Ukraine gov’t uses martial law to impose anti-labor laws

By Janet Post
August 8, 2022

Ignoring opposition by a united labor movement, the Ukrainian parliament is taking advantage of Moscow’s invasion and martial law conditions, which ban strikes and protests, to pass anti-labor laws long sought by the country’s bosses. Crafted by the capitalist government of President Volodymyr Zelensky to boost bosses’ profits, the laws tear up contracts won by unions, impose longer hours and give bosses greater power to fire workers.

At the same time, workers hit by the measures are helping lead resistance to Moscow’s invasion, as combatants in the Ukrainian armed forces, in territorial defense units and in protests in cities occupied by Russian forces.

Parliament eliminated collective bargaining rights at any job with 250 workers or less, turning labor agreements into “individual employment contracts” July 20. More than 70% of the Ukrainian workforce would be affected by this change. Workers can be thrown out of their jobs without the possibility of defense by their union, forced to do jobs not in their contracts, have their workweek increased from 40 to 60 hours and their vacation time cut.

To win passage of the new law, a clause was added saying the measure would only apply during the war.

“But it is clear that no one will be able to undo this situation later,” wrote Mykailo Volynets, chairperson of the Confederation of Free Trade Unions of Ukraine (KVPU) and a member of parliament. “The labor code will no longer apply, collective agreements will be eliminated.”

Ukraine’s two largest labor federations — the KVPU and the Federation of Trade Unions of Ukraine (FPU), which dates back to Stalinist rule in the Soviet Union — have joined forces to fight the government measures.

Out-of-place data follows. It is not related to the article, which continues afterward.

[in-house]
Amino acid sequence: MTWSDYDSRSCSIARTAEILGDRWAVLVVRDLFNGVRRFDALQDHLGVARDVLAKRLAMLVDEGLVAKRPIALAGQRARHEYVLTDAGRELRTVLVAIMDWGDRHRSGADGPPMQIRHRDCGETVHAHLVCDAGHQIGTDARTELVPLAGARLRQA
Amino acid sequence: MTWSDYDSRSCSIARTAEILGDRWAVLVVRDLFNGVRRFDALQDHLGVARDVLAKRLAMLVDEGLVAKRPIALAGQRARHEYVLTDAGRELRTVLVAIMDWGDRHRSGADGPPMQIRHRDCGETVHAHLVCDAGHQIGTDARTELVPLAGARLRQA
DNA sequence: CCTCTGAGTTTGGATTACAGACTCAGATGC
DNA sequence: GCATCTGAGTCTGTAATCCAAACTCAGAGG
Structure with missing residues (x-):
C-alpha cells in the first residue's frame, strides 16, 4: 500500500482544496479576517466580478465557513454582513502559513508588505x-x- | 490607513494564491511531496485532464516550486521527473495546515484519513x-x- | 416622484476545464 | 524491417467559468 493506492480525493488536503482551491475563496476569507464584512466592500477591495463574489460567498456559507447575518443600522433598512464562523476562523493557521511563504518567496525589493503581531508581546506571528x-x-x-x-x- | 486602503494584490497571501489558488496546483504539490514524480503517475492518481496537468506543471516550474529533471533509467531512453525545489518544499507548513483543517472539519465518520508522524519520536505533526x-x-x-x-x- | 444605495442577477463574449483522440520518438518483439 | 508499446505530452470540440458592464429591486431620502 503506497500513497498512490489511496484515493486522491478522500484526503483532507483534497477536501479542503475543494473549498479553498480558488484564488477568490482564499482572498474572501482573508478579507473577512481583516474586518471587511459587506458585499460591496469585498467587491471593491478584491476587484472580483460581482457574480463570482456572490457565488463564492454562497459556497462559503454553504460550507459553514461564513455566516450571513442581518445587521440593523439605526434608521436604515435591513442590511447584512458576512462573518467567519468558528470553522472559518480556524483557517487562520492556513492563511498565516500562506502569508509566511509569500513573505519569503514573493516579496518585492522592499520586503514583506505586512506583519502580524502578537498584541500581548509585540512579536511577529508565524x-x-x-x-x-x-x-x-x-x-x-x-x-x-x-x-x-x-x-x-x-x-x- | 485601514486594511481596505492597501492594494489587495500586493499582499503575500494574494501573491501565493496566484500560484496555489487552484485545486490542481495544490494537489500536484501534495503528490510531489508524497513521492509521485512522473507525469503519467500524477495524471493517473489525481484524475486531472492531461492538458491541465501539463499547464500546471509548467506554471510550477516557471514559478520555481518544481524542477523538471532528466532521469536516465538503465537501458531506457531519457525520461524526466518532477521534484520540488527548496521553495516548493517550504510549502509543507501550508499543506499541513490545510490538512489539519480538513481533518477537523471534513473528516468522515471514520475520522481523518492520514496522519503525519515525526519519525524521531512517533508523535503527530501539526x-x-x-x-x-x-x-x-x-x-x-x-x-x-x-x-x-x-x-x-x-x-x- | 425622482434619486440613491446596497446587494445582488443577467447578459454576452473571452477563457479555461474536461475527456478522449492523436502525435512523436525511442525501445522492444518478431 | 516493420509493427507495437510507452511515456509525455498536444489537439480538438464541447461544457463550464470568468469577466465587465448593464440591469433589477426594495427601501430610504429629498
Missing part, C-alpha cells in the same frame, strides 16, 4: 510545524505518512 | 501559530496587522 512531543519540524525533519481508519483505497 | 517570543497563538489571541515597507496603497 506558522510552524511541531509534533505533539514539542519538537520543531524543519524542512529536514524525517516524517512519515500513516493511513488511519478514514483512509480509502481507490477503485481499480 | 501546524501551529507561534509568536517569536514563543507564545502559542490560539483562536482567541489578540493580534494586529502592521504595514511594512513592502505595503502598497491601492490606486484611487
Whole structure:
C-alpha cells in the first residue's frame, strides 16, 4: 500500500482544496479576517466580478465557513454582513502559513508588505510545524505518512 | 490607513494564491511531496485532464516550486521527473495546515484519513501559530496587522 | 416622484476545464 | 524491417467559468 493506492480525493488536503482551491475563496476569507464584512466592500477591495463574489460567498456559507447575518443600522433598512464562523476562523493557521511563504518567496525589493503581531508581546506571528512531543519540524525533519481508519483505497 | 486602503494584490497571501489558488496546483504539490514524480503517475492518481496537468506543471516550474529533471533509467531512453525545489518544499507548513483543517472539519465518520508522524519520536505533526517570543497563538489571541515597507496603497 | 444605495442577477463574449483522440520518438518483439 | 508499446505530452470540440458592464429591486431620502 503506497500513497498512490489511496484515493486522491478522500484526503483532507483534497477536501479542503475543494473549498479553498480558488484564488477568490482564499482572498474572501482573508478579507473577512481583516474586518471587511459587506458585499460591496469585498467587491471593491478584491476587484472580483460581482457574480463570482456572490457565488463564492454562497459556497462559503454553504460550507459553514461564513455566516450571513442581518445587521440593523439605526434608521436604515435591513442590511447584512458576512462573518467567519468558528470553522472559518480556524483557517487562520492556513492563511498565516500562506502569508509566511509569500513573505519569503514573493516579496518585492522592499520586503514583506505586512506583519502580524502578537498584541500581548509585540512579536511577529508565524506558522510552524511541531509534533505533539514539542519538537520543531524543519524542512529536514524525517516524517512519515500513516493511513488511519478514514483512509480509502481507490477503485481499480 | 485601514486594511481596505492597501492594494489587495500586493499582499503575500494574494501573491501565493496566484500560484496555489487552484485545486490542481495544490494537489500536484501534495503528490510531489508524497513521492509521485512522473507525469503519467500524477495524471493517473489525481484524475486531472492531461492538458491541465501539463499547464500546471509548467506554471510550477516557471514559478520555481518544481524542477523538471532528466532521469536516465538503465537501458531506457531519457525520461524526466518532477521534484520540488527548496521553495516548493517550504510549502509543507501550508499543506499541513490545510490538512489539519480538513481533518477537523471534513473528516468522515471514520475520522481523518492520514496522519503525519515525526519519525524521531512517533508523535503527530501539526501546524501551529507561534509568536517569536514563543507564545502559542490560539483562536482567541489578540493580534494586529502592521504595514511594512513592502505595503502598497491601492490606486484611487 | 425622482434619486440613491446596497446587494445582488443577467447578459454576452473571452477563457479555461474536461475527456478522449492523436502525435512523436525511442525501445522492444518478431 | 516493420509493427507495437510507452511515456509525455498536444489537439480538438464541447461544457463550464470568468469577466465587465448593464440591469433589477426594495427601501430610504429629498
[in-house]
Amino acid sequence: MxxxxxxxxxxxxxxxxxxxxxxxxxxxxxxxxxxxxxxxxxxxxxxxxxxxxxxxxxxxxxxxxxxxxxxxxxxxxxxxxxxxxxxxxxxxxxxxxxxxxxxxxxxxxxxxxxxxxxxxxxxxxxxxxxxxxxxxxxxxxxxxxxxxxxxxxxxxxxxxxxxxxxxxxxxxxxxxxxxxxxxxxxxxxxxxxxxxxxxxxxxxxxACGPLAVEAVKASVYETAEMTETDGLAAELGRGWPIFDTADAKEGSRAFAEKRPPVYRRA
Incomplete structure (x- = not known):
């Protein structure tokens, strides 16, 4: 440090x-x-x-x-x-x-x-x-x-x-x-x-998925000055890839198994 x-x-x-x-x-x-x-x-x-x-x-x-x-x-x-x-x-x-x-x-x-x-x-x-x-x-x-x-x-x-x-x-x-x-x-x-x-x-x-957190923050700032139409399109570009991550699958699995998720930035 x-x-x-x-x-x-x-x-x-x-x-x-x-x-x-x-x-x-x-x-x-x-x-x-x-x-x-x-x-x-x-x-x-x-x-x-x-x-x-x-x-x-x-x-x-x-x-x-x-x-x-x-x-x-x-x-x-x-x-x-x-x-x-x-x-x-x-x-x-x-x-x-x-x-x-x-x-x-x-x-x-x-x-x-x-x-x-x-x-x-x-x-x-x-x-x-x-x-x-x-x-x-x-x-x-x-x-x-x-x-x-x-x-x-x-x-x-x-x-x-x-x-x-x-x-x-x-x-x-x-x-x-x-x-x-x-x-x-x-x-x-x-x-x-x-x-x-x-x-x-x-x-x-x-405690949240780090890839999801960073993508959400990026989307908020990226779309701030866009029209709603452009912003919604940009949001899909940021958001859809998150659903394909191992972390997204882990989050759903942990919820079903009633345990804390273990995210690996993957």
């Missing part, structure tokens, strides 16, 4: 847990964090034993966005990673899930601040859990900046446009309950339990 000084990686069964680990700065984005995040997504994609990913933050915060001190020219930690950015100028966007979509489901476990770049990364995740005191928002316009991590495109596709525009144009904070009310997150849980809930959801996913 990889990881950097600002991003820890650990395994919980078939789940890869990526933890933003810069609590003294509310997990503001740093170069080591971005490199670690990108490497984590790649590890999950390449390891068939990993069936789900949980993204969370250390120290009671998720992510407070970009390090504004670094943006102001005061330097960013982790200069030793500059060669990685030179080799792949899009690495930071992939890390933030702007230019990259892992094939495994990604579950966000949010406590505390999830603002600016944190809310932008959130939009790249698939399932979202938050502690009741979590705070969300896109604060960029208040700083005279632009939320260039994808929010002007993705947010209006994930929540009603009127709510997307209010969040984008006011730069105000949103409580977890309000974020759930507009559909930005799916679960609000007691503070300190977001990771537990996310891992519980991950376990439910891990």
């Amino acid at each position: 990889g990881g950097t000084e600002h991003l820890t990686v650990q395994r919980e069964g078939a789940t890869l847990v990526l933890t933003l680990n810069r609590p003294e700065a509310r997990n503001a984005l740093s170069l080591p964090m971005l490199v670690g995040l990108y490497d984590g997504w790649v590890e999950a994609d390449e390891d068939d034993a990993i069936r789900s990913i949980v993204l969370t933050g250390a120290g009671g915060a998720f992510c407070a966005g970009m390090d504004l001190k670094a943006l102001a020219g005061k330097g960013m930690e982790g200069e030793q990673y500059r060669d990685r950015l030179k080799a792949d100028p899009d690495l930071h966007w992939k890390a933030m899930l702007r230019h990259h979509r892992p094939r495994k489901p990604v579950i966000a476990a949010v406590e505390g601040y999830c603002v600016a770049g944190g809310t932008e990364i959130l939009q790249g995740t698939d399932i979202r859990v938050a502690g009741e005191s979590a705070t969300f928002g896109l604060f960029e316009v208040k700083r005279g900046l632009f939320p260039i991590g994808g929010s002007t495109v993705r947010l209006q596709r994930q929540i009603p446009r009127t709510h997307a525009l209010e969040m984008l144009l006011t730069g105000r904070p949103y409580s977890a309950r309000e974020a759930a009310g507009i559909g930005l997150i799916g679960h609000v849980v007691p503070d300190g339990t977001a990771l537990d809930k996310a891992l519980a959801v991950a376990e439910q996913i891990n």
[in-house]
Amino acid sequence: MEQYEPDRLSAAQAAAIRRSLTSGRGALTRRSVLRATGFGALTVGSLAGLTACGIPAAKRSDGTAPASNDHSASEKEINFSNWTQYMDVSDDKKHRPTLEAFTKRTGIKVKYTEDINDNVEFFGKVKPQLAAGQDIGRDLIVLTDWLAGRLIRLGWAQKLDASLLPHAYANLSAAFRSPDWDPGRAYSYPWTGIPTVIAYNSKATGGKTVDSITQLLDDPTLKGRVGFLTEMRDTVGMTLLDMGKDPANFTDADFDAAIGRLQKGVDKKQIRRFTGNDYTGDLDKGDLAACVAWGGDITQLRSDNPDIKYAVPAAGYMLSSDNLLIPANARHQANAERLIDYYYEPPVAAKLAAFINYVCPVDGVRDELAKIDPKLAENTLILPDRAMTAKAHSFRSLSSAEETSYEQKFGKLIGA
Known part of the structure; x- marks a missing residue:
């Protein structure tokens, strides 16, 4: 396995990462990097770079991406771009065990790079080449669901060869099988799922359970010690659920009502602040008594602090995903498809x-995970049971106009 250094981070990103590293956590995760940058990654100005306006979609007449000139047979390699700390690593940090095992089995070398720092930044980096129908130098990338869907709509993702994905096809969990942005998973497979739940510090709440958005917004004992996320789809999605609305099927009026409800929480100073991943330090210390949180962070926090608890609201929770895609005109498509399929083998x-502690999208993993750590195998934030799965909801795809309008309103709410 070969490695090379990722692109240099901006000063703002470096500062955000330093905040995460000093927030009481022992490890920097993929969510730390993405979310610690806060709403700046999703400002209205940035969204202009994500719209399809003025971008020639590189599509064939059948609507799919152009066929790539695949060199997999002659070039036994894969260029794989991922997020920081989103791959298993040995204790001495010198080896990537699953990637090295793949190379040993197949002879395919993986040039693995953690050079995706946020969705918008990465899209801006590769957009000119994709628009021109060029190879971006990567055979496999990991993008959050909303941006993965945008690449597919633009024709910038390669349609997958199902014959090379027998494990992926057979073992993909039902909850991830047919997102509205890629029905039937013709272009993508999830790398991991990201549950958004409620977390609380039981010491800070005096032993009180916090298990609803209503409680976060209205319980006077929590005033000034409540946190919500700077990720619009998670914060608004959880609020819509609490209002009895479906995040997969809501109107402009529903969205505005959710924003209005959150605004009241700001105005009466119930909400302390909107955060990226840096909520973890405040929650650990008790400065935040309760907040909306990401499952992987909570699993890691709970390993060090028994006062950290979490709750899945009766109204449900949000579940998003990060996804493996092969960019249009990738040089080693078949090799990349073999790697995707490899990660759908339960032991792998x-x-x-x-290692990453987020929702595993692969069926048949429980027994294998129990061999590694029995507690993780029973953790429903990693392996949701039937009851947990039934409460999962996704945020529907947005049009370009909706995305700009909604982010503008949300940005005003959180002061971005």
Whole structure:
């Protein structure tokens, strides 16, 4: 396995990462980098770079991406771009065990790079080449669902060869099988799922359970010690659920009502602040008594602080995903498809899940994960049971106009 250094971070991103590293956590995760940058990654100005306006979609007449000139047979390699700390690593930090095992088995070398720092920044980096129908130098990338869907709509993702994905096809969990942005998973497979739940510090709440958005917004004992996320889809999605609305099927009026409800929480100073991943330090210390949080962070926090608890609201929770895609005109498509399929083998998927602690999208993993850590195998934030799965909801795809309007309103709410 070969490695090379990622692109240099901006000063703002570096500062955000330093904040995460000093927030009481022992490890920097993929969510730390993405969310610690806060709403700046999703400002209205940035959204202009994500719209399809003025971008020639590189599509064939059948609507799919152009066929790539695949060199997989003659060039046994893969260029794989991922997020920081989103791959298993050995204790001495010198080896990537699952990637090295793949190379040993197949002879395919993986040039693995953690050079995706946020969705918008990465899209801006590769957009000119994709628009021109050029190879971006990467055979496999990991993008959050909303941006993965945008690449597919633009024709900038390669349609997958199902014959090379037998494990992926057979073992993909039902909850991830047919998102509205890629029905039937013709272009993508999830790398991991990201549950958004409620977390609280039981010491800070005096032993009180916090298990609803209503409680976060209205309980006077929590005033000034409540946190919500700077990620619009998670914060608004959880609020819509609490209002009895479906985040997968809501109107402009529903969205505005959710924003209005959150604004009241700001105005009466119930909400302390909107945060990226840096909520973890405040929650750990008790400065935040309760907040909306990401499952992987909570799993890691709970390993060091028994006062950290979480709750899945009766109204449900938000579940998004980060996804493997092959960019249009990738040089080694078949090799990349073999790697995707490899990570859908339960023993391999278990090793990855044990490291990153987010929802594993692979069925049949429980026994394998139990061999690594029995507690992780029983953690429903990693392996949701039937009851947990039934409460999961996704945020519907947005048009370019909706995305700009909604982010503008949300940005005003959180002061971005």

The laws “will lead to the violation of the rights of Ukrainian workers, who are doing everything possible to help the country win the war and restore peace,” Volynets said.

At the ArcelorMittal plant in Kryvyi Rih, the largest steelworks in the country, bosses have already suspended parts of the union contract, the Trade Union of Metallurgists and Miners says.

A second bill passed July 20 will permit bosses to hire up to 10% of the workforce on “casual” or “zero-hour” contracts. Workers could be given as little as 32 hours of work per month and would be “on-call.”

Some workers on military duty are paid by the companies where they work. But parliament voted for a measure transferring these payments to the government. This has resulted in steep pay cuts. Workers have begun taking wage grievances to their unions.

Another bill due in parliament would confiscate buildings owned by the FPU that are now being used to house workers displaced by the war. Since February, some 300,000 Ukrainians, including women with children, family members of military personnel, those disabled and elderly have received shelter, food, and medical care in these facilities.

“Those who have attempted to weaken worker and union rights in Ukraine for more than a decade have now seized upon the wartime crisis to push through those provisions,” the FPU stated July 20. “While promising steadfast commitment to the nation’s defense, Ukrainian unions stated strongly that the war should not be used as an excuse to gut workers’ rights.”